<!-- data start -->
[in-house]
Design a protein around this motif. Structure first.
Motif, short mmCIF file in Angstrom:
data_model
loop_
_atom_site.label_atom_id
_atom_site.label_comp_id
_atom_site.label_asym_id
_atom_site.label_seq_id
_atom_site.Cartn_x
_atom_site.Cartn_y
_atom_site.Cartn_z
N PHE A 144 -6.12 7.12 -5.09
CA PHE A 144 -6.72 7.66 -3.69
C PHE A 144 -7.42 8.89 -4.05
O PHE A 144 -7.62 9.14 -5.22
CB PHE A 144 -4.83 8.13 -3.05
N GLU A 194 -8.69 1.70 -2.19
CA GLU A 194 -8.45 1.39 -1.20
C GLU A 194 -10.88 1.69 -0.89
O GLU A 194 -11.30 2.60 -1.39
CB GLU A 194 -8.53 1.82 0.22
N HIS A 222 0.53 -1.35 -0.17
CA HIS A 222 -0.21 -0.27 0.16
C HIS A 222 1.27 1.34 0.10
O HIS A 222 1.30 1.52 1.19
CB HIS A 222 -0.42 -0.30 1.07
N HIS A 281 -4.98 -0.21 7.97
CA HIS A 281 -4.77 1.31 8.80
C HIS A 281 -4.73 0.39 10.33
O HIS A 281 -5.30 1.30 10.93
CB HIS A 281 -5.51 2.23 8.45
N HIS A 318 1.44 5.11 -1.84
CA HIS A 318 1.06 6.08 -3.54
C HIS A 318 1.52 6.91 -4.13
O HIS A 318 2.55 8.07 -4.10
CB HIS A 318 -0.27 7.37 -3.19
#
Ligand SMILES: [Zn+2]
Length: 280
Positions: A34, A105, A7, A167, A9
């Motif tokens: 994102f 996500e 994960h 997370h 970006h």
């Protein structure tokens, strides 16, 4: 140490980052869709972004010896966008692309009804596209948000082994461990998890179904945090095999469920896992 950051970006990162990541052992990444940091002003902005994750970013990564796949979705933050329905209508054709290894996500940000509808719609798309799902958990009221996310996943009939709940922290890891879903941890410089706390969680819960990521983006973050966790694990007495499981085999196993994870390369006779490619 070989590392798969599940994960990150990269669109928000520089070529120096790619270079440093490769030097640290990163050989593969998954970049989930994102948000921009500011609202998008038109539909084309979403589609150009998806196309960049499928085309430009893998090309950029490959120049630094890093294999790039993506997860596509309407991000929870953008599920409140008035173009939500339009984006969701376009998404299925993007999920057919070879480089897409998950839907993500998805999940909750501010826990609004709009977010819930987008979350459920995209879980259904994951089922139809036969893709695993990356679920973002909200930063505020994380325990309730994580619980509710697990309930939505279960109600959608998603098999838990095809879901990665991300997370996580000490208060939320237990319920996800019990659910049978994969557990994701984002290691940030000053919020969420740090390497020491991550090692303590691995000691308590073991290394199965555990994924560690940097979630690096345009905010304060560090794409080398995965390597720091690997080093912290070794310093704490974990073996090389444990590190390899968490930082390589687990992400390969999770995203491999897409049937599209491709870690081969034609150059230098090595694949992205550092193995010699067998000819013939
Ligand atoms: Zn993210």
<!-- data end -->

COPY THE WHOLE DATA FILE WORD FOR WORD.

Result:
[in-house]
Design a protein around this motif. Structure first.
Motif, short mmCIF file in Angstrom:
data_model
loop_
_atom_site.label_atom_id
_atom_site.label_comp_id
_atom_site.label_asym_id
_atom_site.label_seq_id
_atom_site.Cartn_x
_atom_site.Cartn_y
_atom_site.Cartn_z
N PHE A 144 -6.12 7.12 -5.09
CA PHE A 144 -6.72 7.66 -3.69
C PHE A 144 -7.42 8.89 -4.05
O PHE A 144 -7.62 9.14 -5.22
CB PHE A 144 -4.83 8.13 -3.05
N GLU A 194 -8.69 1.70 -2.19
CA GLU A 194 -8.45 1.39 -1.20
C GLU A 194 -10.88 1.69 -0.89
O GLU A 194 -11.30 2.60 -1.39
CB GLU A 194 -8.53 1.82 0.22
N HIS A 222 0.53 -1.35 -0.17
CA HIS A 222 -0.21 -0.27 0.16
C HIS A 222 1.27 1.34 0.10
O HIS A 222 1.30 1.52 1.19
CB HIS A 222 -0.42 -0.30 1.07
N HIS A 281 -4.98 -0.21 7.97
CA HIS A 281 -4.77 1.31 8.80
C HIS A 281 -4.73 0.39 10.33
O HIS A 281 -5.30 1.30 10.93
CB HIS A 281 -5.51 2.23 8.45
N HIS A 318 1.44 5.11 -1.84
CA HIS A 318 1.06 6.08 -3.54
C HIS A 318 1.52 6.91 -4.13
O HIS A 318 2.55 8.07 -4.10
CB HIS A 318 -0.27 7.37 -3.19
#
Ligand SMILES: [Zn+2]
Length: 280
Positions: A34, A105, A7, A167, A9
């Motif tokens: 994102f 996500e 994960h 997370h 970006h």
């Protein structure tokens, strides 16, 4: 140490980052869709972004010896966008692309009804596209948000082994461990998890179904945090095999469920896992 950051970006990162990541052992990444940091002003902005994750970013990564796949979705933050329905209508054709290894996500940000509808719609798309799902958990009221996310996943009939709940922290890891879903941890410089706390969680819960990521983006973050966790694990007495499981085999196993994870390369006779490619 070989590392798969599940994960990150990269669109928000520089070529120096790619270079440093490769030097640290990163050989593969998954970049989930994102948000921009500011609202998008038109539909084309979403589609150009998806196309960049499928085309430009893998090309950029490959120049630094890093294999790039993506997860596509309407991000929870953008599920409140008035173009939500339009984006969701376009998404299925993007999920057919070879480089897409998950839907993500998805999940909750501010826990609004709009977010819930987008979350459920995209879980259904994951089922139809036969893709695993990356679920973002909200930063505020994380325990309730994580619980509710697990309930939505279960109600959608998603098999838990095809879901990665991300997370996580000490208060939320237990319920996800019990659910049978994969557990994701984002290691940030000053919020969420740090390497020491991550090692303590691995000691308590073991290394199965555990994924560690940097979630690096345009905010304060560090794409080398995965390597720091690997080093912290070794310093704490974990073996090389444990590190390899968490930082390589687990992400390969999770995203491999897409049937599209491709870690081969034609150059230098090595694949992205550092193995010699067998000819013939
Ligand atoms: Zn993210």